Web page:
Another highlight of the exhibition takes place on the third floor. Fans are able to view more than 50 costumes on display that were featured on the series. Memorable ensembles included are the wedding dresses worn by Mary and Edith (Laura Carmichael), Rose’s (Lily James) royal presentation dress, Lord Grantham’s (Hugh Bonneville) hunting pinks and Daisy and Patmore’s uniforms. “Who would have thought they would exhibit those?,” joked McShera about her character’s only costume.
For Neame, he takes the most pride in the costumes displayed throughout the exhibition. “You’ve never before seen all of these 50 costumes in one place. You can actually stroll around from one costume to the other and you think, ‘I remember that story. I remember when she wore that dress,’” he said. “In a way, you see the narrative best spelled out through the costumes.”
“I worked on a lot of television and typically you don’t take the time and care to build a costume that two years after the last episode you’re still able to display, and they look as if they could still be worn today,” said MacLellan. “They can actually be worn again today. There’s a level of quality to these costumes that most shows don’t come close to.”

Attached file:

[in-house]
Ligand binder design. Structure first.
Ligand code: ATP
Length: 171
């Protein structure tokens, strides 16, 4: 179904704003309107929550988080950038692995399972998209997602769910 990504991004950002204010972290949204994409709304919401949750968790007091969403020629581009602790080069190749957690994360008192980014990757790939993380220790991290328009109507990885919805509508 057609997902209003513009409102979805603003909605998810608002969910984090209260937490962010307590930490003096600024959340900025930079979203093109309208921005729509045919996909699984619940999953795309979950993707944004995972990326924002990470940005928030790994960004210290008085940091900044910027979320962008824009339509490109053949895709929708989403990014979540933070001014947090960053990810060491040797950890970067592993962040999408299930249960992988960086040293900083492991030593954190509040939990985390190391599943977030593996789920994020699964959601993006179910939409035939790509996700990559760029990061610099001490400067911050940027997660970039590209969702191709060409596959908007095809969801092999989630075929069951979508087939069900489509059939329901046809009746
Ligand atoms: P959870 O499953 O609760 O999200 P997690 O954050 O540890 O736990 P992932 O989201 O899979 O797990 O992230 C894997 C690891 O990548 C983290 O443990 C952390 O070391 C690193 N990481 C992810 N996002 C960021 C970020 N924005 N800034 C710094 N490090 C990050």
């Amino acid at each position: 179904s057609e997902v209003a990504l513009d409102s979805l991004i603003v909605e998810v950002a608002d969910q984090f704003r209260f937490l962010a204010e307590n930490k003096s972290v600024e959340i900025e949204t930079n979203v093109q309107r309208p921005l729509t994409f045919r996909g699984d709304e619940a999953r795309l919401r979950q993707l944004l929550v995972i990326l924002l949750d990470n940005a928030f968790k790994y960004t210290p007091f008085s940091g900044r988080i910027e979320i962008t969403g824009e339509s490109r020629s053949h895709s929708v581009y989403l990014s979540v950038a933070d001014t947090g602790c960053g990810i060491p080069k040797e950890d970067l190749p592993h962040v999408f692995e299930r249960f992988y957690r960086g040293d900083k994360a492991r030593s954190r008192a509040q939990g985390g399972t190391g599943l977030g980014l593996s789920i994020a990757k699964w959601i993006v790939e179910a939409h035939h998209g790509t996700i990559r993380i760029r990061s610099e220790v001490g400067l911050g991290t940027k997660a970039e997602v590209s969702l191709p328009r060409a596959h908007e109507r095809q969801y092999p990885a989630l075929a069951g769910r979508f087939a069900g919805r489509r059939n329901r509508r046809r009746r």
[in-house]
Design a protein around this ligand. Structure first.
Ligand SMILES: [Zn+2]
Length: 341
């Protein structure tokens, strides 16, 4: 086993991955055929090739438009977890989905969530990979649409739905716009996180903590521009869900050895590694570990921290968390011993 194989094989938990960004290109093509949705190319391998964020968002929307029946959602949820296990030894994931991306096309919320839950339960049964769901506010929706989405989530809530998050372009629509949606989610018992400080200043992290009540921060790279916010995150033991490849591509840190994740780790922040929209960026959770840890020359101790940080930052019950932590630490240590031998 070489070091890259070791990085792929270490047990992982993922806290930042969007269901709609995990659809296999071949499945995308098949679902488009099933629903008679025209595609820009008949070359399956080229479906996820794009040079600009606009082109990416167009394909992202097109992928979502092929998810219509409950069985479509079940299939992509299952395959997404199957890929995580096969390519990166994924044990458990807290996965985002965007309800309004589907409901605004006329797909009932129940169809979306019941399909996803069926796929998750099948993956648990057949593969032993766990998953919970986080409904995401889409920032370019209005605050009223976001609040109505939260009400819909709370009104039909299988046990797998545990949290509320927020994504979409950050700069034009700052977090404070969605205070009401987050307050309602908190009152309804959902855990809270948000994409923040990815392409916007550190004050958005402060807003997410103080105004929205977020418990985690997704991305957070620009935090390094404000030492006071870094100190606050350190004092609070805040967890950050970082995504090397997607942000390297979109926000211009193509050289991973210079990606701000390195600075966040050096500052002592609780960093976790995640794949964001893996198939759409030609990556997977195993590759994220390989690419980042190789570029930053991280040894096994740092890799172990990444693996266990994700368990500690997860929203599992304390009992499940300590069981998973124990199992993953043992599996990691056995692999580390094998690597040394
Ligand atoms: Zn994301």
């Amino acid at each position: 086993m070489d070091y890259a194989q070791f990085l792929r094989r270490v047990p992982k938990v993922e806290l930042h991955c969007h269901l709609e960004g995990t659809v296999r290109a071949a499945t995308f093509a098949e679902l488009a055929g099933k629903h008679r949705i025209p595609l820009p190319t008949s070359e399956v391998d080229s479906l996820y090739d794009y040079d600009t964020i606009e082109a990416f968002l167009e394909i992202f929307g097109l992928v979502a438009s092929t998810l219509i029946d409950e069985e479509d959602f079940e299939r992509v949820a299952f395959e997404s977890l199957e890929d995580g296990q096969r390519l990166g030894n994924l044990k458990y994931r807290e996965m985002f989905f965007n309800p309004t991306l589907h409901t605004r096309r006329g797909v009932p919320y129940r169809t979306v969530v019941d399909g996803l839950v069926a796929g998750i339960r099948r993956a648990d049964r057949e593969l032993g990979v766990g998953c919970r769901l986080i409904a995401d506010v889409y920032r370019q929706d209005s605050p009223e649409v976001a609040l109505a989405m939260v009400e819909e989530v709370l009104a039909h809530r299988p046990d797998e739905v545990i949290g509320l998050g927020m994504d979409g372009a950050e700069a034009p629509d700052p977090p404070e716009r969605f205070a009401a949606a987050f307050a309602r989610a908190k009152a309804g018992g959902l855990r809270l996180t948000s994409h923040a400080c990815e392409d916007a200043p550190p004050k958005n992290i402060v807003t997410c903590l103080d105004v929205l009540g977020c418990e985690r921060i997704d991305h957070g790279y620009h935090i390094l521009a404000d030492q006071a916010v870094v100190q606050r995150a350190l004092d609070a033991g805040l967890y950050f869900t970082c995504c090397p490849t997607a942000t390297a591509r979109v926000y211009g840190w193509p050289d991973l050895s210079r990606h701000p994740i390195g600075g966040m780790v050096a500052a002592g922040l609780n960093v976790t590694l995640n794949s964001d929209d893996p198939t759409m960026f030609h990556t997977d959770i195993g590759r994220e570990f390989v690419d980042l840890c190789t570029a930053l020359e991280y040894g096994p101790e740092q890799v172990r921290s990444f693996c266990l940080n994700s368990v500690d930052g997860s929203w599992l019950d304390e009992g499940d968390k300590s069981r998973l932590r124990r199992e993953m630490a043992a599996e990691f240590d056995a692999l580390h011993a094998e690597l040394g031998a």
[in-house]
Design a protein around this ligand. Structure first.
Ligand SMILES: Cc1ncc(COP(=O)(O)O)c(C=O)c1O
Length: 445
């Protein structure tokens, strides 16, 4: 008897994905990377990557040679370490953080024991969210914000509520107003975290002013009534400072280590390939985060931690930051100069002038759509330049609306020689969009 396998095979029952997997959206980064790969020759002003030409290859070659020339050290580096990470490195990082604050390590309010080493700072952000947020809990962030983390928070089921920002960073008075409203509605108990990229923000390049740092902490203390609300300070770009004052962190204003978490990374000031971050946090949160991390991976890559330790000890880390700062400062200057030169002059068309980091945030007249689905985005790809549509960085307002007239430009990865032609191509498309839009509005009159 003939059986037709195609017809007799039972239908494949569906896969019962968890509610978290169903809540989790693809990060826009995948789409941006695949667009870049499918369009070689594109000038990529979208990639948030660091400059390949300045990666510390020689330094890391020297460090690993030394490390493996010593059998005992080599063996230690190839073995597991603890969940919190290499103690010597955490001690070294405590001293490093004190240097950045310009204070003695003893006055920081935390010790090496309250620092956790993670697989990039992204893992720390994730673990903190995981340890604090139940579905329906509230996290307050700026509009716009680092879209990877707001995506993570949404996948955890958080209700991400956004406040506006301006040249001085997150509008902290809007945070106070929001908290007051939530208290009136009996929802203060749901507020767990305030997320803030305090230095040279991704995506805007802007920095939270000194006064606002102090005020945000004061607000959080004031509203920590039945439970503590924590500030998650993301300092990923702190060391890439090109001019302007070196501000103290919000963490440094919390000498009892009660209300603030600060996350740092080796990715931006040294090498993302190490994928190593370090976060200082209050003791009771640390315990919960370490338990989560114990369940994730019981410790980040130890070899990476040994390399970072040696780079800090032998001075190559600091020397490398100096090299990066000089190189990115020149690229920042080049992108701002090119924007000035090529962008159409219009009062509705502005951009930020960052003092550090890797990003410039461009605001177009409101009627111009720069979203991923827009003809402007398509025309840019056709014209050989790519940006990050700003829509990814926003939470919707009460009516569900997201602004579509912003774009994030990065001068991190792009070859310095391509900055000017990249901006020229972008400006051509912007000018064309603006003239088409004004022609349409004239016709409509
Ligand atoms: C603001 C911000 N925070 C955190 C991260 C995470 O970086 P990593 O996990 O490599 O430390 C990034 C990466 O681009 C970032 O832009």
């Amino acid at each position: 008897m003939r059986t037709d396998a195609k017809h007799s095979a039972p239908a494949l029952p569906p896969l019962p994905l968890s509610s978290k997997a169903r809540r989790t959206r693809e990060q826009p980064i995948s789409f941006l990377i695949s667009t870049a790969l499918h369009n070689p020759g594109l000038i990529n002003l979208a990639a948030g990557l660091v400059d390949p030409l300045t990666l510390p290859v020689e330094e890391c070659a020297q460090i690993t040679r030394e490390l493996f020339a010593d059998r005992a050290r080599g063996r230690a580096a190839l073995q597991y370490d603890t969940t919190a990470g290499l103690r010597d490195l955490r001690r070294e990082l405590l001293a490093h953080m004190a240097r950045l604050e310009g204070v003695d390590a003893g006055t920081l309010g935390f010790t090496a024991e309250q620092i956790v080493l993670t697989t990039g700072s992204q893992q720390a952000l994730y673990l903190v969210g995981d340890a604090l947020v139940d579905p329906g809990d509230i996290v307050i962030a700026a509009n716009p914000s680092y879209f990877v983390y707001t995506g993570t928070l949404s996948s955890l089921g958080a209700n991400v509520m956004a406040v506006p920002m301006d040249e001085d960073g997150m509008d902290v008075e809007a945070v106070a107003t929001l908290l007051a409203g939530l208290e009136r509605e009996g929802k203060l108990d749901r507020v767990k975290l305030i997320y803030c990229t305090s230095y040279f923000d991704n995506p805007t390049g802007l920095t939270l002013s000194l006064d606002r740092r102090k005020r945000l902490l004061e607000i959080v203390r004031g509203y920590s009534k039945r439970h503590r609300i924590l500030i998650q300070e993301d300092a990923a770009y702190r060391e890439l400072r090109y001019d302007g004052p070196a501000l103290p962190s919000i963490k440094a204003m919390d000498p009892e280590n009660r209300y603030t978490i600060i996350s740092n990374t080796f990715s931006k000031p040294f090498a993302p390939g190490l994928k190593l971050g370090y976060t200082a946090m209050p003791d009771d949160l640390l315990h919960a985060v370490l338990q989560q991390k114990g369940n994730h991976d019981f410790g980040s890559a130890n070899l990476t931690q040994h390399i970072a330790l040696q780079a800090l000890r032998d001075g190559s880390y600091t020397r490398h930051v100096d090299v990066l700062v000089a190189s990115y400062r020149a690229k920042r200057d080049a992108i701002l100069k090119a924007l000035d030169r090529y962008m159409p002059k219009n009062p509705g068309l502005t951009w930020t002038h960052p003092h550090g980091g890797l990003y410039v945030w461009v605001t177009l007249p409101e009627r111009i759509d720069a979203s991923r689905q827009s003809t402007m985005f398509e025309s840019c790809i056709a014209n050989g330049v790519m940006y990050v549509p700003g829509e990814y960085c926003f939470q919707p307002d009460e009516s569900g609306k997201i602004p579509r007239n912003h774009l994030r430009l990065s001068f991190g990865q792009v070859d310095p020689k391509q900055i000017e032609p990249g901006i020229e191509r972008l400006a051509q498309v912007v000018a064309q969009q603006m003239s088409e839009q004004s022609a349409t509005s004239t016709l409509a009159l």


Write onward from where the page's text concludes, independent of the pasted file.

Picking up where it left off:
The cast and crew also addressed the possibility of an upcoming Downton Abbey film during the event. “There still seems to be such a love for the show and appetite still for the show. The rumors are still circulating around for the film, and it only goes to show that people still have an appetite for Downton and are not quite done with it yet,” said Dockery.
“Every single person here and every single person I know would be down for doing it. I know production are down for doing it. So let’s just do it,” said Leech of a potential film. Added Nicol, “I believe it’s seriously in development.”
McShera said that while everyone seems to be willing to join in on a film, it’s a matter of getting the cast together all at once. “They’ve been saying it’s like herding cats, so it’s just a case of getting everyone together, but there’s definitely a will for that to happen,” she said. Froggatt mentioned that she is hopeful for the potential project. “It’s just putting it together, which is out of our hands,” she said.
MacLellan also discussed his interest in bringing back the universe of Downton Abbey for a film adaptation. “It’s something we’re willing to work on. We get a lot of feedback from fans that are still very interested in seeing more of Downton Abbey,” he said. “We at NBCUniversal recognize the strength of the brand, and it’s an interesting idea for us to move forward with.”
Downton Abbey: The Exhibition is located at 218 W. 57th St. and is open from 10 a.m. to 8 p.m. daily. Additional locations in the U.S. are expected to be announced at a later date.
Watch a video preview for the exhibit, below.